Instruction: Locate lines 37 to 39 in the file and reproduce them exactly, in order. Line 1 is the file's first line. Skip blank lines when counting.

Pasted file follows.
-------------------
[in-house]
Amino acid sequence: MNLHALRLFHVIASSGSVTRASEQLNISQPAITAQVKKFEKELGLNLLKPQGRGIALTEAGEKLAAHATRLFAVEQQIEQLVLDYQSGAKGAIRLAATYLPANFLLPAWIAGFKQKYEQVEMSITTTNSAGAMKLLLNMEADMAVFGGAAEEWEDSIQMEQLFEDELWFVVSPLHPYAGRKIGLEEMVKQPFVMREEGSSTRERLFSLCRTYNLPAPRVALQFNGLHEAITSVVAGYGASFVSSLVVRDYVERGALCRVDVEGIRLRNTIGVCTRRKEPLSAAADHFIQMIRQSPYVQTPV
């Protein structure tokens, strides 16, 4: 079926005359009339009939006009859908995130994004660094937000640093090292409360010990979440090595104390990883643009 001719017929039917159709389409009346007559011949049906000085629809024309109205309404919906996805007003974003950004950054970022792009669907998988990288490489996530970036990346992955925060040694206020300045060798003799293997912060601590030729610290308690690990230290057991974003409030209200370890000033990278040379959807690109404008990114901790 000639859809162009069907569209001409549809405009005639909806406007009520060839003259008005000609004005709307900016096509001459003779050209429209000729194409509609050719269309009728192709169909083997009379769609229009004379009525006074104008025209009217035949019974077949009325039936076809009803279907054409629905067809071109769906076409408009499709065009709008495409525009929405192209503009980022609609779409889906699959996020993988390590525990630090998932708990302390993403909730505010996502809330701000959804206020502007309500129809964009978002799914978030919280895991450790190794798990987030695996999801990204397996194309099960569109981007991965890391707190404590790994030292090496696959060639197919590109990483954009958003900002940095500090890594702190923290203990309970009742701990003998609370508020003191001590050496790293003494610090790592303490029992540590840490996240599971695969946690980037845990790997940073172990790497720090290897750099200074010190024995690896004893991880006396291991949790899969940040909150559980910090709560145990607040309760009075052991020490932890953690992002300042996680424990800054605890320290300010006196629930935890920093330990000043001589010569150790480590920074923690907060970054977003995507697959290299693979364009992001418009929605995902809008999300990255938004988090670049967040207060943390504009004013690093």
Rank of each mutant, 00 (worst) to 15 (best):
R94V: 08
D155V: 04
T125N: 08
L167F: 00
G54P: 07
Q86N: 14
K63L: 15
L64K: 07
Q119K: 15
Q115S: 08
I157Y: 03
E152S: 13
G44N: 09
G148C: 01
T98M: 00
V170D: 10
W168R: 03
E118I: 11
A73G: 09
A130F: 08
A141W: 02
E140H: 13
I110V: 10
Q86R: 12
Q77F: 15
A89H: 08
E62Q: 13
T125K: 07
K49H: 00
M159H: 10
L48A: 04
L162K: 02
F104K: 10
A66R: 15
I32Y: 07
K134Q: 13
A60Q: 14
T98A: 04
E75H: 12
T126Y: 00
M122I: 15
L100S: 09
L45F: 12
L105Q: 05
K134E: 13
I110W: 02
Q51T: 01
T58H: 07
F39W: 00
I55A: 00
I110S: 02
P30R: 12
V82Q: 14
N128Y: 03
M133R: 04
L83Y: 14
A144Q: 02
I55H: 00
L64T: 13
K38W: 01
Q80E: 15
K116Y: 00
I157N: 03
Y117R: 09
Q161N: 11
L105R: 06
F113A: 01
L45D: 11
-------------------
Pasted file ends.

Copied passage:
F104K: 10
A66R: 15
I32Y: 07